As to your assertion about Jesus’ and the Church’s thoughts about the Old Testament, I would have to see what exact passages you believe they didn’t take literally. I know they take certain prophecies in Isaiah to be referring to their age, even though these passages would require spiritualizing them to make them fit. Nevertheless, Peter does this several times in the beginning of Acts. Paul does this relatively often as well in his epistles. Notwithstanding, I can’t think of a single case of these people taking a narrative section of the Old Testament not literally. I know Paul mentions that the law in the Torah about not muzzling oxen while they tread. He spiritualizes this. He, however, still believes of course that this law actually existed and for the purpose of real oxen.
I imagine that you mean, apropos of this theme, that the beginning chapters of Genesis ought to be taken non-literally. There is clearly nothing within the text itself that necessitates this. In fact, there are many reasons to discount such an approach. I know that the main reason most people do this is not because of proper exegesis, but rather because of their ignorance of the faultiness of many secular models on origins. They assume “science” necessitates a loose reading. That would be a whole long discussion, however. I know there were Church Fathers that also suspected Genesis to be allegorical in parts. But, it can be demonstrated that these particular men came from schools that took massive portions of scripture to always have double meanings. A literal and a spiritual reading and possibly an allegorical one as well. This would just be the doctrine of that particular school, nevertheless.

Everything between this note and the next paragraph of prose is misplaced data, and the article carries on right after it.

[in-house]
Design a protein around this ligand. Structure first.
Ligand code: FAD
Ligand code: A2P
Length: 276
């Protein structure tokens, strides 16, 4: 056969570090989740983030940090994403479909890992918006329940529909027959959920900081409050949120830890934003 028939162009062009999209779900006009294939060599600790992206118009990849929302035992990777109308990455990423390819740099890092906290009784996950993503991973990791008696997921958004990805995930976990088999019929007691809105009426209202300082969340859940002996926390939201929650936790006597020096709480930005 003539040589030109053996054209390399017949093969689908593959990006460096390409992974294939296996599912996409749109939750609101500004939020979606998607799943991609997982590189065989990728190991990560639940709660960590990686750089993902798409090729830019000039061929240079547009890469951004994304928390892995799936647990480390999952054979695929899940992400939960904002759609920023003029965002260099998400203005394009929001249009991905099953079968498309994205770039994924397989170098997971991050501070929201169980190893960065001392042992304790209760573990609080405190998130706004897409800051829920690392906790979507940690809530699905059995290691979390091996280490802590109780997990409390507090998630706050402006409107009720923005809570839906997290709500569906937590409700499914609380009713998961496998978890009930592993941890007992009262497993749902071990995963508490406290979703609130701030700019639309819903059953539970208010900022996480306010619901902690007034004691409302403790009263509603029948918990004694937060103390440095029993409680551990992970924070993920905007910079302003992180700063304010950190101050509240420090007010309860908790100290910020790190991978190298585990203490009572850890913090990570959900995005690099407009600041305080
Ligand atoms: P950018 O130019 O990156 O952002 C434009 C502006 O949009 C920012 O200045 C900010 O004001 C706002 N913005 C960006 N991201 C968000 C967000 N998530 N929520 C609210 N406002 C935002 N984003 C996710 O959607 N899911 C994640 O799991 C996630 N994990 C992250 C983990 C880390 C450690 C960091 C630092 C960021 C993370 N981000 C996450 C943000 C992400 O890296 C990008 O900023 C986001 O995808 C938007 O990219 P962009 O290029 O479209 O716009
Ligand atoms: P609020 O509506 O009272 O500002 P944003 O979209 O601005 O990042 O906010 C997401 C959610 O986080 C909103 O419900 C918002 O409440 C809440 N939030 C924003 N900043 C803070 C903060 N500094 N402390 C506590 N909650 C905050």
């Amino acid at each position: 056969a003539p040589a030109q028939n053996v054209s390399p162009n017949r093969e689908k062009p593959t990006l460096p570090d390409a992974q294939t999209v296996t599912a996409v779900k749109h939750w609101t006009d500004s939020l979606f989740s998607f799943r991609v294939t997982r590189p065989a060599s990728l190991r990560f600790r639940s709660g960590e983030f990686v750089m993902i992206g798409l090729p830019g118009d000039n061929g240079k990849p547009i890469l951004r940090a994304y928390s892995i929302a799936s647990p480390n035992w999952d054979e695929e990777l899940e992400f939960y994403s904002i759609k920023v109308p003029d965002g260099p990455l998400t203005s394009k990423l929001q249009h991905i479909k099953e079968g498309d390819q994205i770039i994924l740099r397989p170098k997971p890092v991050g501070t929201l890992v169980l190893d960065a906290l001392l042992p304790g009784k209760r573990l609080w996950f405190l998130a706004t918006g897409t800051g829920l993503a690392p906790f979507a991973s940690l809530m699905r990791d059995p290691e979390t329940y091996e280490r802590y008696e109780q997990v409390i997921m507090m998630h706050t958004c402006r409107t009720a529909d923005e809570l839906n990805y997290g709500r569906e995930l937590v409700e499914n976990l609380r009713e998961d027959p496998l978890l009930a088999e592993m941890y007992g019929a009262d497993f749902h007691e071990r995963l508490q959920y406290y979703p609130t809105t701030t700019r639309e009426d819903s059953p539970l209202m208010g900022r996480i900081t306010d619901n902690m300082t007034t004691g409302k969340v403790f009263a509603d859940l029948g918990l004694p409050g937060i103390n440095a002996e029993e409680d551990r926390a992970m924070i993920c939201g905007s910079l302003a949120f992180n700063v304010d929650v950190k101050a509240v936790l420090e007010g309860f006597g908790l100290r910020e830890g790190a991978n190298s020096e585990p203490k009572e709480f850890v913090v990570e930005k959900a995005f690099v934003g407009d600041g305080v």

Thank you for your comments. I enjoyed reading them.
I agree with allot of what you say but if you don’t mind I would like to make sure I better understand what you are saying.
“Evil simply results from a choice against God. It does not have some metaphysical existence.”
Do you think evil exists? For example I think evil is a real property that attaches to certain actions done by moral agents. Admittedly this property is somewhat “queer” as Mackie sates. I think it’s “queer” because it is not a property that yields impressions to our senses. But I do think it exists in the world.
I agree with your characterization of the NIV. I often use that or the King James merely because AFAIK that is the bible most protestants use. And beside a few small caveats I am fine with them. If you think another bible translation is better I would be interested.
As far as why I think the Old Testament is not necessarily to be read literally there are several reasons. They are probably too numerous to list. But for one consider the historical timing of the sources. In the case of the New Testament we have Luke who starts by saying he investigated what he says. Many think Acts is just a continuation of Luke’s Gospel account. Consider the ending of John as well. He says, the miracles he speaks of are so that we will believe Jesus was the Son of God. When we add that up that covers quite a bit of the historical claims.